Ski racing’s NorAm Finals set to return to Aspen Highlands this April after five years
In a year with so little going on, John Rigney was happy to offer the North American skiing community the chance to end the season with something positive. The Aspen Skiing Co. senior vice president sees the NorAm Finals, which Aspen will host this spring, as a positive and needed springboard into next winter’s Olympic season.
“We kind of knew there would be very few players in the space that would be entertaining the idea of hosting major events this year. It’s just the nature of this pandemic,” Rigney said Wednesday. “We thought if we could get this toward the end of the season it might be a great way to keep continuity in supporting athletic achievement, but also give these races a venue to do something meaningful during the competition season.”
U.S. Ski & Snowboard made the announcement Wednesday morning that the 2021 NorAm Finals will be held April 5-16 at Aspen Highlands, a joint endeavor between the U.S. ski team, Skico and the Aspen Valley Ski & Snowboard Club. The event will include men’s and women’s downhill and super-G races, as well as giant slalom, slalom and parallel races.
“It’s huge for the town in general, just for the young kids, the ski club, to see elite-level racing back in town,” said Aspen’s Wiley Maple, a retired World Cup ski racer who competed in the 2018 Olympic downhill. “It’s the highest level of skiing you can do in the U.S. outside of the World Cup. That’s where the next generation of World Cup skiers are going to be leaving their mark is in the NorAm circuit.”
Maple fondly remembers the last time Aspen hosted the NorAm Finals, which was back in 2016 on Aspen Mountain. Maple defended his NorAm downhill crown that year and took the season-long NorAm title to help keep him in the World Cup mix for the following season.
Aspen has a long history of hosting signature skiing events, notably the 1950 world championships and the 2017 World Cup Finals, not to mention Buttermilk Ski Area having hosted ESPN’s Winter X Games each year since 2002. Those World Cup Finals in 2017 were the last major alpine races held here in Aspen — the World Pro Ski Tour did make a stop in Snowmass in 2018 — after the 2020 U.S. Alpine Tech Championships, originally scheduled for this past spring at Aspen Highlands, were canceled because of the coronavirus pandemic.
“That’s what this town was made on. The world championships back in the day got people to come to Aspen, got it on the map,” Maple said. “People just in general like racing in Aspen, because pretty much everything about Aspen is awesome. Except for the price of the hotel room, maybe.”
Most of the logistics regarding this year’s NorAm Finals at Highlands remains unknown. Rigney said Skico can host the event as part of the ski area’s operating plan, “but we will most definitely be crafting a COVID safety plan to be reviewed in advance of the event” to keep in line with Pitkin County safety guidelines, whatever those are at the time.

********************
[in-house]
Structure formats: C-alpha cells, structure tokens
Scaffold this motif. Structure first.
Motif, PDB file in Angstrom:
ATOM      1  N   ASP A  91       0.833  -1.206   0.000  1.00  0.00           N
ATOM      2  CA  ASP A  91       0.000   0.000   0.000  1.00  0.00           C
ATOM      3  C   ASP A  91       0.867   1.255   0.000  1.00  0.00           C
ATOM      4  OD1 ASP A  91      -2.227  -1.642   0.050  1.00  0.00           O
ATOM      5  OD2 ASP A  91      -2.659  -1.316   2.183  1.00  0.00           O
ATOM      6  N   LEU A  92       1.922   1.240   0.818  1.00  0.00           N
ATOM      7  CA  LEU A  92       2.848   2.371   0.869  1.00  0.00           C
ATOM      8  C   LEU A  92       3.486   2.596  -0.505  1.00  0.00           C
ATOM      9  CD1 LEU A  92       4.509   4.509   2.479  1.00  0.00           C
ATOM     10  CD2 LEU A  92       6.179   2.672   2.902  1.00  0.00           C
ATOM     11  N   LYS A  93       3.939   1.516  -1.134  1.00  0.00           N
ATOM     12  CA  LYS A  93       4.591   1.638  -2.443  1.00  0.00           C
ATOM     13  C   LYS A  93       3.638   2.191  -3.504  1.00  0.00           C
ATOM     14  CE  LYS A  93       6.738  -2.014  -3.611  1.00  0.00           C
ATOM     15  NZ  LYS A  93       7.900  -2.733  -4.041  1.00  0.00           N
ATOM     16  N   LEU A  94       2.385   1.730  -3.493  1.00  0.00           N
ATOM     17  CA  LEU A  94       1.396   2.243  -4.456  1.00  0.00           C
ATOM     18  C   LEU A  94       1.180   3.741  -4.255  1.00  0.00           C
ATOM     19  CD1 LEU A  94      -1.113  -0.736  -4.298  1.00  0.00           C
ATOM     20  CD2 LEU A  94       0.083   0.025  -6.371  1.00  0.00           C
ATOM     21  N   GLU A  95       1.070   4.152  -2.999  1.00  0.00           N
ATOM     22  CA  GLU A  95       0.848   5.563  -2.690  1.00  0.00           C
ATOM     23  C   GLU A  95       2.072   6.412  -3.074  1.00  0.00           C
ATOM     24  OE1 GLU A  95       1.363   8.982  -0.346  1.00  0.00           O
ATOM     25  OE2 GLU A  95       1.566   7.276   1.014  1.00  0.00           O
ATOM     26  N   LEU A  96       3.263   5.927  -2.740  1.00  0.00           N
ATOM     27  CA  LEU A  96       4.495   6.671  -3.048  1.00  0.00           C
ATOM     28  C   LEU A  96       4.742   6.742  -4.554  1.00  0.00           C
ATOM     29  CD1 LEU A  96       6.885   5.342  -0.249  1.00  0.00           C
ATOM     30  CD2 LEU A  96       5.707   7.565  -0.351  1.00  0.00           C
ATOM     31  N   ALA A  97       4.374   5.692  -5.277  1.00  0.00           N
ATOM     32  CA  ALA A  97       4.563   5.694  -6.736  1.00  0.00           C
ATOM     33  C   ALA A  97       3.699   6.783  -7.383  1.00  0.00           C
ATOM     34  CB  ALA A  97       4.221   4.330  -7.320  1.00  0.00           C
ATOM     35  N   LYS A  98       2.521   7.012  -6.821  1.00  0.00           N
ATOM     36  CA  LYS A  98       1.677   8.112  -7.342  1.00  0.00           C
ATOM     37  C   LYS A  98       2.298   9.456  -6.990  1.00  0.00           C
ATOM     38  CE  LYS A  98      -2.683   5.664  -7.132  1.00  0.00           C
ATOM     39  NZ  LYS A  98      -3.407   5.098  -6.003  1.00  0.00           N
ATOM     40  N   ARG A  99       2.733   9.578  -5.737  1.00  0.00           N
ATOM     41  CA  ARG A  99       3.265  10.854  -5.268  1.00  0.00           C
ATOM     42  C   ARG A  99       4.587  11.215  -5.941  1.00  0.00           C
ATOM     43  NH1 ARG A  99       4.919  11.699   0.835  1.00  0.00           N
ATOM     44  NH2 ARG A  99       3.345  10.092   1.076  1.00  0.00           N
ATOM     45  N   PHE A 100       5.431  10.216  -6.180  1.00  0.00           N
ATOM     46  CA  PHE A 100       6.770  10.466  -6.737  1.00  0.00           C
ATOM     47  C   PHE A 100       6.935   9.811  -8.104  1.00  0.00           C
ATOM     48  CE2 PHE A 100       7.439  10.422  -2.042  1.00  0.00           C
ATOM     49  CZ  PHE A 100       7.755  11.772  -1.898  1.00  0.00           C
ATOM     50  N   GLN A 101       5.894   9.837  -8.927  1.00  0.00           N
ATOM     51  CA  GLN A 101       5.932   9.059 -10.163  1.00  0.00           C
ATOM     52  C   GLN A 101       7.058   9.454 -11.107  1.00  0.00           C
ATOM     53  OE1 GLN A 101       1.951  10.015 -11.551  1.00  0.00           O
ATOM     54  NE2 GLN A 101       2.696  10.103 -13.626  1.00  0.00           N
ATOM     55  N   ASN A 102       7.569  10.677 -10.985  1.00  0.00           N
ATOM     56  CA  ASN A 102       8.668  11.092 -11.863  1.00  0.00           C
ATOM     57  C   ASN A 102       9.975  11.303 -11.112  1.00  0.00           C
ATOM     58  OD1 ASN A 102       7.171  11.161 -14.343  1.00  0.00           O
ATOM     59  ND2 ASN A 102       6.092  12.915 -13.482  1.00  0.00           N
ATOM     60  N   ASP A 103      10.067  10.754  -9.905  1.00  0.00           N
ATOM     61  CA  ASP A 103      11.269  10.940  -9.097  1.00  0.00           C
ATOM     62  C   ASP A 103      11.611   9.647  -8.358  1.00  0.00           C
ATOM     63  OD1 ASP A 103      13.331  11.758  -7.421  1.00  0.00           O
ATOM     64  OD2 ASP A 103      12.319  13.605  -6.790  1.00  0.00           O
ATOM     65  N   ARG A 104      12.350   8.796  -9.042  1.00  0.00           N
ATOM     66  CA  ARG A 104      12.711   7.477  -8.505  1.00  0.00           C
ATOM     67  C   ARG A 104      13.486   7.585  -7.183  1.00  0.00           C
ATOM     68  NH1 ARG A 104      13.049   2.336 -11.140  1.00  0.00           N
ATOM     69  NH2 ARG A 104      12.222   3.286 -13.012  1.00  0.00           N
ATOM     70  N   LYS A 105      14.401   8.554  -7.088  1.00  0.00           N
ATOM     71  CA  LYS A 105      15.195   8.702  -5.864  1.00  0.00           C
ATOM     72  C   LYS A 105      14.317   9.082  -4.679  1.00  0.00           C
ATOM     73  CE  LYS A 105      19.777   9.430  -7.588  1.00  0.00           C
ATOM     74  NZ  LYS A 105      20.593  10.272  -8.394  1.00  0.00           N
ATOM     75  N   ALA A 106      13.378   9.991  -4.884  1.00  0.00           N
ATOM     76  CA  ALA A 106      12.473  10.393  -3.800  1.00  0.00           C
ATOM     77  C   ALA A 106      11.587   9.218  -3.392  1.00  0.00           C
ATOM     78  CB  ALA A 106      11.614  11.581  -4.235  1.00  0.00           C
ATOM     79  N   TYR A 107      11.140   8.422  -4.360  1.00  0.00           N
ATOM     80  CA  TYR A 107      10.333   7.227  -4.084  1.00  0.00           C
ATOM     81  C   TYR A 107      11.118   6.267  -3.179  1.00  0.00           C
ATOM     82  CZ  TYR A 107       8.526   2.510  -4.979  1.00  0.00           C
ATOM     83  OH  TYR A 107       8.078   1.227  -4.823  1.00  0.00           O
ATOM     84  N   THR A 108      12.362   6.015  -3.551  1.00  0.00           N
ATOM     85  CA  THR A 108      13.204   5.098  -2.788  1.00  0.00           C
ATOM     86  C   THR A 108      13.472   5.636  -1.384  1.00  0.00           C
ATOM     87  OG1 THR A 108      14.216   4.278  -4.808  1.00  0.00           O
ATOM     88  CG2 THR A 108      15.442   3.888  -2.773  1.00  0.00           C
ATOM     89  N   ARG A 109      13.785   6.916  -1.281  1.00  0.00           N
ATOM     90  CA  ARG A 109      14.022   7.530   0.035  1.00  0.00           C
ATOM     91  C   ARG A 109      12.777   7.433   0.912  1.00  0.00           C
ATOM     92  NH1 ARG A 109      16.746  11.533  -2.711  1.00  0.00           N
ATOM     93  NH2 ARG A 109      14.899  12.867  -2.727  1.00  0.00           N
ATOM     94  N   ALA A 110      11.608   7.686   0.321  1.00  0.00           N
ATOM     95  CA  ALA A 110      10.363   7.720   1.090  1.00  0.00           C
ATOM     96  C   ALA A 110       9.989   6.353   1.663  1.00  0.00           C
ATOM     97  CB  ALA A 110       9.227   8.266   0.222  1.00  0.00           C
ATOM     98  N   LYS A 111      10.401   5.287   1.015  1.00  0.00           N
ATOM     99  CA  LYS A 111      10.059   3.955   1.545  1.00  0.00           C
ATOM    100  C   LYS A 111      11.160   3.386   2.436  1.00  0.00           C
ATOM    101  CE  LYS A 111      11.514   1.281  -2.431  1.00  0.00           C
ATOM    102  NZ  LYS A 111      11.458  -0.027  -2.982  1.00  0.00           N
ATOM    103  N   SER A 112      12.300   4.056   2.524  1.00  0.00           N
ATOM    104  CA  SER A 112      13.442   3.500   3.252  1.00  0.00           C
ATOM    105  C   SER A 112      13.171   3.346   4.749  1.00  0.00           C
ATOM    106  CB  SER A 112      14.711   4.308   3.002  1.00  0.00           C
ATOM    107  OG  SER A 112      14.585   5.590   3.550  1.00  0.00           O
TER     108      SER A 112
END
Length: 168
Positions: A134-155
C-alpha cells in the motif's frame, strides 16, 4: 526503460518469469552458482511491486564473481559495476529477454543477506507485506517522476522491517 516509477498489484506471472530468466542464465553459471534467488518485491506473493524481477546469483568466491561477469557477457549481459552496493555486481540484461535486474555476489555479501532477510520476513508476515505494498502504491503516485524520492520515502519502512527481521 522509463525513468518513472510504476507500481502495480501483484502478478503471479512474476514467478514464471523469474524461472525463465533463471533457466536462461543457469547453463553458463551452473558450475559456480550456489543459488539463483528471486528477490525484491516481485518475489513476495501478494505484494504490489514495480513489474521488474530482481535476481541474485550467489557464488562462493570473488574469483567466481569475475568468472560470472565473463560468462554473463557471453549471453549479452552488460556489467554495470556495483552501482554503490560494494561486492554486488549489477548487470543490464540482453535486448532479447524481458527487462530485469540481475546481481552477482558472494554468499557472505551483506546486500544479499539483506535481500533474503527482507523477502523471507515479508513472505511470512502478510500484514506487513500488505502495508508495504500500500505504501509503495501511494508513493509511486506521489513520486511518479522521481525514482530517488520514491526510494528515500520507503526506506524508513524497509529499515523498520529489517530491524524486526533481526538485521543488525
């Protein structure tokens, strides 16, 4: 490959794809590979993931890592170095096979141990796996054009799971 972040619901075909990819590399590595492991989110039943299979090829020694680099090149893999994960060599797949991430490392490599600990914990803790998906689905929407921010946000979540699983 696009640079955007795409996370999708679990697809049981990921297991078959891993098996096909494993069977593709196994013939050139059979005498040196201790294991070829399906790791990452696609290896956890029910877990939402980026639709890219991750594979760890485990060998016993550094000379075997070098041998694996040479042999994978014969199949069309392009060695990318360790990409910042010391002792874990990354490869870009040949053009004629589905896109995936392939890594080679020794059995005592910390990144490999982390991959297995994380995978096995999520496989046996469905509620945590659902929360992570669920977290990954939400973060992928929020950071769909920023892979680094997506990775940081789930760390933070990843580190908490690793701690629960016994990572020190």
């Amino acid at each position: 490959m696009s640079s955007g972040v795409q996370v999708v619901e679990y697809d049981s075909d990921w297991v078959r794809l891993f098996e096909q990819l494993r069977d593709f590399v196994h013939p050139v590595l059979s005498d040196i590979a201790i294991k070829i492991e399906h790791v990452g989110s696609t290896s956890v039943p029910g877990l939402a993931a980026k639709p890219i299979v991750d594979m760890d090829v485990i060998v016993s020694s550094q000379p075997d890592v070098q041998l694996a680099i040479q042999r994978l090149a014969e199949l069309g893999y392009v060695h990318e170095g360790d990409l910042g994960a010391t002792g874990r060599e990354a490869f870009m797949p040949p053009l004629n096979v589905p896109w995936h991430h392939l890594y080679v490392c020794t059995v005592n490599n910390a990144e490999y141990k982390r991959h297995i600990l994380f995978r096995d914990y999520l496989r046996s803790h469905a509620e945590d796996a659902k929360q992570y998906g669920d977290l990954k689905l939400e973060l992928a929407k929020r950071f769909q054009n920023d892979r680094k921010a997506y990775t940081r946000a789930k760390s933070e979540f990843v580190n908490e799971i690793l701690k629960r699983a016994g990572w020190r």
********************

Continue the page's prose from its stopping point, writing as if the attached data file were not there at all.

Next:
Rigney also hopes for some sort of spectating to take place, but too much remains unknown about the virus to know if that will be possible. One of the reasons Highlands was picked to host the event is it can remain somewhat low key and out of the way as the NorAm Finals start April 5, the day after Highlands is scheduled to close for the season.
While nothing is official as of yet, Rigney said progress is being made for Snowmass to host NASTAR finals in April as well. Snowmass had also been set to host NASTAR finals last spring before it was ultimately canceled because of COVID-19 concerns.
Both the NASTAR finals and the U.S. Alpine Tech Championships are slated to return to Aspen in 2022.
“April is a long way off. We are going to have to determine whether spectators and support can be on site or not, but we will cross that bridge when we have better visibility into how things are going. I’m glad we have a little time between now and then,” Rigney said. “It’s going to be a great way to end this year and springboard into next year’s Olympic season. And that event may mean a lot to a lot of people who are striving to make that next level of team.”
While the World Cup is alpine skiing’s main stage, both the Europa Cup and the North American Cup are considered to be on that second tier in the skiing hierarchy. The NorAm Finals could include anyone from Olympians with World Cup starts to those knocking on the door of the U.S. ski team to club skiers hoping to make a mark.
The event also will be another chance for AVSC to showcase its Stapleton Training Center, which will host the races. The venue often hosts World Cup teams from across the globe for preseason training camps and is hosting the Wilder Dwight Memorial races this week and hosted the University of Denver ski team’s races this past weekend, not to mention AVSC’s Ajax Cup on Dec. 30.
“It will be fun to have the focus of alpine skiing be on Aspen,” said AVSC executive director Mark Godomsky. The local ski club will be responsible for most of the on-hill setup. “It’s a great time for us to show off our venue and show off all the hard work that’s been done on it. It’s a quality hill and I think people are going to be excited to have the chance to be on it.”
Monday, April 5, NorAm Downhill Training, Men/Women
Tuesday, April 6, NorAm Downhill Training, Men/Women
Wednesday, April 7, NorAm Downhill #1, Men/Women
Thursday, April 8, NorAm Downhill #2, Men/Women
Friday, April 9, NorAm Super-G, Men/Women
Saturday, April 10, NorAm Super-G/Alpine Combined Women
Sunday, April 11, NorAm Super-G/Alpine Combined Men
Monday, April 12, NorAm Slalom Women, Giant Slalom Men
Tuesday, April 13, NorAm Slalom Women, Giant Slalom Men
Wednesday, April 14, NorAm Giant Slalom Women, Slalom Men
Thursday, April 15, NorAm Giant Slalom Women, Slalom Men
Friday, April 16, NorAm Parallel Event, Men/Women